Our Sun

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The three layers of the sun's atmosphere are the chromosphere, the transition layer and the corona. The corona is both the outer layer and the hottest layer of the atmosphere, as it can reach 2 million degrees Fahrenheit.

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  • Why is the sun considered a star?

    Q: Why is the sun considered a star?

    A: The sun is considered a star because it has all the characteristics of one. In fact, the sun is unremarkable. There are countless stars with the same attributes as the sun throughout the universe.
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  • How does the sun produce energy?

    Q: How does the sun produce energy?

    A: The sun produces energy through nuclear fusion. The sun is a large ball of hydrogen and helium undergoing constant nuclear fusion, in which atoms of hydrogen combine to form helium and release a large quantity of energy.
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  • What is the temperature of the sun?

    Q: What is the temperature of the sun?

    A: The surface temperature of the sun is about 5,800 kelvins. The temperature at the core of the sun is at least 15,000,000 kelvins. Most of the sun's constituent particles at the surface are gaseous atoms, as no liquid or solid can exist at such high temperatures.
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  • What is the difference between direct and indirect sunlight?

    Q: What is the difference between direct and indirect sunlight?

    A: Direct sunlight reaches the Earth's surface when there is no cloud cover between the sun and the Earth, while cloud cover causes indirect sunlight to reach the surface. In gardening, sunlight falling directly on the plant is direct sunlight, while indirect sunlight refers to shaded areas.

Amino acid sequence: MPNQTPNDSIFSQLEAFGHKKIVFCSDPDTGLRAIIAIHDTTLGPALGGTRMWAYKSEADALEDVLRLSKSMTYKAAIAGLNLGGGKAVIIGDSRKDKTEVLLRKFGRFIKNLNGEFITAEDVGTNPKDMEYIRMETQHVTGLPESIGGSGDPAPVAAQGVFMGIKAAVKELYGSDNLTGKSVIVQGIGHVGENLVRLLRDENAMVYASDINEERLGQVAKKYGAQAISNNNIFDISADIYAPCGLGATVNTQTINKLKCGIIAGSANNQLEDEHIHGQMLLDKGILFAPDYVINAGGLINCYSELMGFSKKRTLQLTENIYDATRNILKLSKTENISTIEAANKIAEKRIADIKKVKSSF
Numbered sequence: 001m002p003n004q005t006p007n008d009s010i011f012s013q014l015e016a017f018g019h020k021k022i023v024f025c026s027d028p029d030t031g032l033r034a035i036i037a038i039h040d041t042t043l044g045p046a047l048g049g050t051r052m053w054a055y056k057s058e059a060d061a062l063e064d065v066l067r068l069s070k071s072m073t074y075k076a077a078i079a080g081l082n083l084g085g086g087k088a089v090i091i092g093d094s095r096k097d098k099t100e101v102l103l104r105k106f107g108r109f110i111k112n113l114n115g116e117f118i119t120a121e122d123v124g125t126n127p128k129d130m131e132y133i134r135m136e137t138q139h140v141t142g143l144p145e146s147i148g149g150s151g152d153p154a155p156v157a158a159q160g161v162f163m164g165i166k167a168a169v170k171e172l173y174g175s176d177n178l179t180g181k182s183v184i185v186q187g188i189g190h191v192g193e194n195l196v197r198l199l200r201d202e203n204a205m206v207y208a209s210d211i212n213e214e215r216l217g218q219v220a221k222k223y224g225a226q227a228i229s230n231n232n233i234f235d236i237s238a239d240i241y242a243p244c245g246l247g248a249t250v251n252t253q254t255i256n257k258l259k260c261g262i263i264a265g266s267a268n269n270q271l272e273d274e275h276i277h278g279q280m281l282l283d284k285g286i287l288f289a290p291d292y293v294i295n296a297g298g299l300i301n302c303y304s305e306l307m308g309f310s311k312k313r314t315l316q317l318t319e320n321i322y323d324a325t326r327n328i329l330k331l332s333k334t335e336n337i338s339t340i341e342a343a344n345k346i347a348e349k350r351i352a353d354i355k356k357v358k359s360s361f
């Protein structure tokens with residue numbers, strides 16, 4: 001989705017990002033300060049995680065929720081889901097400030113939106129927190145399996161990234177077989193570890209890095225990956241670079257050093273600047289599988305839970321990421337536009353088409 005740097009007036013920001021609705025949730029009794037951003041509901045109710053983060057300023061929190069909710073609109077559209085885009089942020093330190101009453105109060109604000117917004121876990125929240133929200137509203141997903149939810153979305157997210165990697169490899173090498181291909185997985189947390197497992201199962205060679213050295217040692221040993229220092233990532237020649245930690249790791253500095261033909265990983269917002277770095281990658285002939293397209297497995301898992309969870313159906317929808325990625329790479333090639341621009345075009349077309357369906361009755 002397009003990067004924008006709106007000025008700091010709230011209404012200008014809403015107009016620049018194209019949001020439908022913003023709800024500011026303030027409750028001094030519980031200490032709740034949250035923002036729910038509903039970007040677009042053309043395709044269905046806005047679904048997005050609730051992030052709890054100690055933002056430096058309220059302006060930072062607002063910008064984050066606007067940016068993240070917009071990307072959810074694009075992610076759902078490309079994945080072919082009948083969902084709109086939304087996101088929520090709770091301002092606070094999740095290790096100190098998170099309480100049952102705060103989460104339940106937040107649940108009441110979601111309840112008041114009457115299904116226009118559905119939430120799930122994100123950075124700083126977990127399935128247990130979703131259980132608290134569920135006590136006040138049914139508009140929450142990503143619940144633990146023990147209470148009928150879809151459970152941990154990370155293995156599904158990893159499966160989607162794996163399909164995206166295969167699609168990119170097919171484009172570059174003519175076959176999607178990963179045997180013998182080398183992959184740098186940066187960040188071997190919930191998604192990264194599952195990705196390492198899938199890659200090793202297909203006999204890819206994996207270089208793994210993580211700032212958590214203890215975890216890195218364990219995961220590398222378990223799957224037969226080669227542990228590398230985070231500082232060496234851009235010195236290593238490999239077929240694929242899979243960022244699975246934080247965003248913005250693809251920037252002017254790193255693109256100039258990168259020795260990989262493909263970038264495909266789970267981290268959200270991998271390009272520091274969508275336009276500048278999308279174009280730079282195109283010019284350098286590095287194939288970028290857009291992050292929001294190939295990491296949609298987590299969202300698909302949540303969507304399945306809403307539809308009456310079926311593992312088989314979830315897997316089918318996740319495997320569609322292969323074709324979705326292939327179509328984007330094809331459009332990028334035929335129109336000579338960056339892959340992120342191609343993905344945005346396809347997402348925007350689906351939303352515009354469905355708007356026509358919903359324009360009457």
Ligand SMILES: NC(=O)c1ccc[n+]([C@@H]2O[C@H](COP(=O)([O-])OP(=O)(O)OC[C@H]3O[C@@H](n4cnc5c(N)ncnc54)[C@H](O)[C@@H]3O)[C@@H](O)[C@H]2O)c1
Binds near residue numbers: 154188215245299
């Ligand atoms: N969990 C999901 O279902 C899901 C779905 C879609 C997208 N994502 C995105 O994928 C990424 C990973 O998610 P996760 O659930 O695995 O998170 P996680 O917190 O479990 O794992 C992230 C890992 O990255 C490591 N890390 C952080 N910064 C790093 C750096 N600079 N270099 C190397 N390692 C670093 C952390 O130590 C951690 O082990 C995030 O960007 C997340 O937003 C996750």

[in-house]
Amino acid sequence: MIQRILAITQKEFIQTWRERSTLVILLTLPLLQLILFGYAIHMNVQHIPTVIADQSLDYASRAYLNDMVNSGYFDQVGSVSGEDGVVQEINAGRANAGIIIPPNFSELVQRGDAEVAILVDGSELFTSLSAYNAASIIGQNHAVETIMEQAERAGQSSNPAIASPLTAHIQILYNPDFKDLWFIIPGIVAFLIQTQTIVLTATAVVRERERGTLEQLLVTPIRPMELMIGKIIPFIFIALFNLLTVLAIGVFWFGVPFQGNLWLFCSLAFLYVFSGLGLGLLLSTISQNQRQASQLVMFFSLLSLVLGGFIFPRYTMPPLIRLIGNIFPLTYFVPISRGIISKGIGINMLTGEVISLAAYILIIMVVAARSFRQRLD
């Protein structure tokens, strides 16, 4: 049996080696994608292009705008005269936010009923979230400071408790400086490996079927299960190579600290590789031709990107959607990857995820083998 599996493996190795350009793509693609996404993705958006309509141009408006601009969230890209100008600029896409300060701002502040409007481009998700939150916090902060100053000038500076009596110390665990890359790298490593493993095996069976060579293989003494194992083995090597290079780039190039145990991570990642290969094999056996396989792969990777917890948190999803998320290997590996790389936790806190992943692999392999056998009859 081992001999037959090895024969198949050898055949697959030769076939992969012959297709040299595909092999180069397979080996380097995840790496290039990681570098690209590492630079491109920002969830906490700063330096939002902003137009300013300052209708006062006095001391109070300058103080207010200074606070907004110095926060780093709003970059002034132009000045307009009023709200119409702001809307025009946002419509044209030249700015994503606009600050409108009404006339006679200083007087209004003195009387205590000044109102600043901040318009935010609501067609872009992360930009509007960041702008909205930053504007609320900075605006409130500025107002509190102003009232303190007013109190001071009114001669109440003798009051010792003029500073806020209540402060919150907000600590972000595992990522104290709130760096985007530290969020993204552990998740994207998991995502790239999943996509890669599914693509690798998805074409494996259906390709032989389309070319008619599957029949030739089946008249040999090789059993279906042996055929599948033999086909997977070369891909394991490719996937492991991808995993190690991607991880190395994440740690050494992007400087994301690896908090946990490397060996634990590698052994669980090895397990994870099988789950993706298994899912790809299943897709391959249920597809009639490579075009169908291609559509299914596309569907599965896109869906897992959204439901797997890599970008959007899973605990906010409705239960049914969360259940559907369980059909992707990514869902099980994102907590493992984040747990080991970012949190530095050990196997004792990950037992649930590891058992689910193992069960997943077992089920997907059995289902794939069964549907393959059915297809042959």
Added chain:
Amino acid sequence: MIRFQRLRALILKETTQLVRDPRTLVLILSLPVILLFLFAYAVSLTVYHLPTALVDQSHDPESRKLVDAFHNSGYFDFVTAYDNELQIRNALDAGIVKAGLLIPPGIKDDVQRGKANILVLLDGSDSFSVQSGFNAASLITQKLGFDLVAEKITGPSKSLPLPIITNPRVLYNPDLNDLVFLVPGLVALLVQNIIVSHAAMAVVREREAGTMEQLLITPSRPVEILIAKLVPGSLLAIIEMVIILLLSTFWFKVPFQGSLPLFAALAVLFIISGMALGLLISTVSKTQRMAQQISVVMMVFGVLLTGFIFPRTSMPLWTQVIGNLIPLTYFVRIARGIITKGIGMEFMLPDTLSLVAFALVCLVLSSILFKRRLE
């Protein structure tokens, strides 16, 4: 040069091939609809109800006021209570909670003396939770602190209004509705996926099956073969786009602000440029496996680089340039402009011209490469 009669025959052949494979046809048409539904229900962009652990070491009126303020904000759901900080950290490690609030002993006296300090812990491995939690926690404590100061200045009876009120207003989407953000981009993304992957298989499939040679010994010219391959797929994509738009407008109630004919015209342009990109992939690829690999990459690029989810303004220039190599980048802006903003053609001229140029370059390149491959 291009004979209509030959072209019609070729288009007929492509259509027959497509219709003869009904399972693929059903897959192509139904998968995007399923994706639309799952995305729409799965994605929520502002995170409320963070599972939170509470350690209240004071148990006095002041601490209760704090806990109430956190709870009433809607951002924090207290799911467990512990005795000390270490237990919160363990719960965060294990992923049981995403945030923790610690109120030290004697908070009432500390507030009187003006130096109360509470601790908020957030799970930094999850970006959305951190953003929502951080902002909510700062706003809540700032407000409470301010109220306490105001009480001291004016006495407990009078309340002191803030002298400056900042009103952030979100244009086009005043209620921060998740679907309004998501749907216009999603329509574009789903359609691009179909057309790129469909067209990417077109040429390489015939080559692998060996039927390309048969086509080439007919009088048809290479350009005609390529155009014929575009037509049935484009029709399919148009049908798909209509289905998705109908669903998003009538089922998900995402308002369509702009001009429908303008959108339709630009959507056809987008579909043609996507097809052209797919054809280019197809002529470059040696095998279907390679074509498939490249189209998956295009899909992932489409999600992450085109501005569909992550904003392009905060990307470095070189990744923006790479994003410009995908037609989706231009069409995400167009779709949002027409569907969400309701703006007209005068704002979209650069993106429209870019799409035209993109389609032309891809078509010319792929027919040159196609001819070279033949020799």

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  • What is the source of the sun's energy?

    Q: What is the source of the sun's energy?

    A: The sun's energy comes from thermonuclear fusion reactions. Because the sun's gravity is so strong, hydrogen atoms fuse together to form helium. When they do so, they release a tremendous amount of energy.
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  • What is the sun made of?

    Q: What is the sun made of?

    A: In elemental terms, the sun is made up of 74 percent hydrogen, 24 percent helium and 1 percent oxygen. The last 1 percent comprises of everything else, which includes carbon, nitrogen, silicon, magnesium, neon, iron and sulfur.
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  • What is the ultimate source of energy for living things?

    Q: What is the ultimate source of energy for living things?

    A: The ultimate source of energy for living things is the Sun. Plants and other photosynthetic organisms take the energy from sunlight to make glucose. This energy passes to other organisms through the food chain.
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  • What are the three layers of the sun's atmosphere?

    Q: What are the three layers of the sun's atmosphere?

    A: The three layers of the sun's atmosphere are the chromosphere, the transition layer and the corona. The corona is both the outer layer and the hottest layer of the atmosphere, as it can reach 2 million degrees Fahrenheit.
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  • Why does the sun appear to move across the sky?

    Q: Why does the sun appear to move across the sky?

    A: Relative to its planets, the sun is actually a stationary body, but it appears to move due to Earth's rotation. However, it is important to recognize that nothing is ever truly stationary.
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  • Why is the sun so hot?

    Q: Why is the sun so hot?

    A: The sun is hot due to the nuclear fusion process taking place within it, which is called stellar nucleosynthesis. The enormous amount of energy released by this process, nearly 383 billion megawatts multiplied by one billion, produces the sun's incredible heat.
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  • Why is totality during a solar eclipse not accomplished?

    Q: Why is totality during a solar eclipse not accomplished?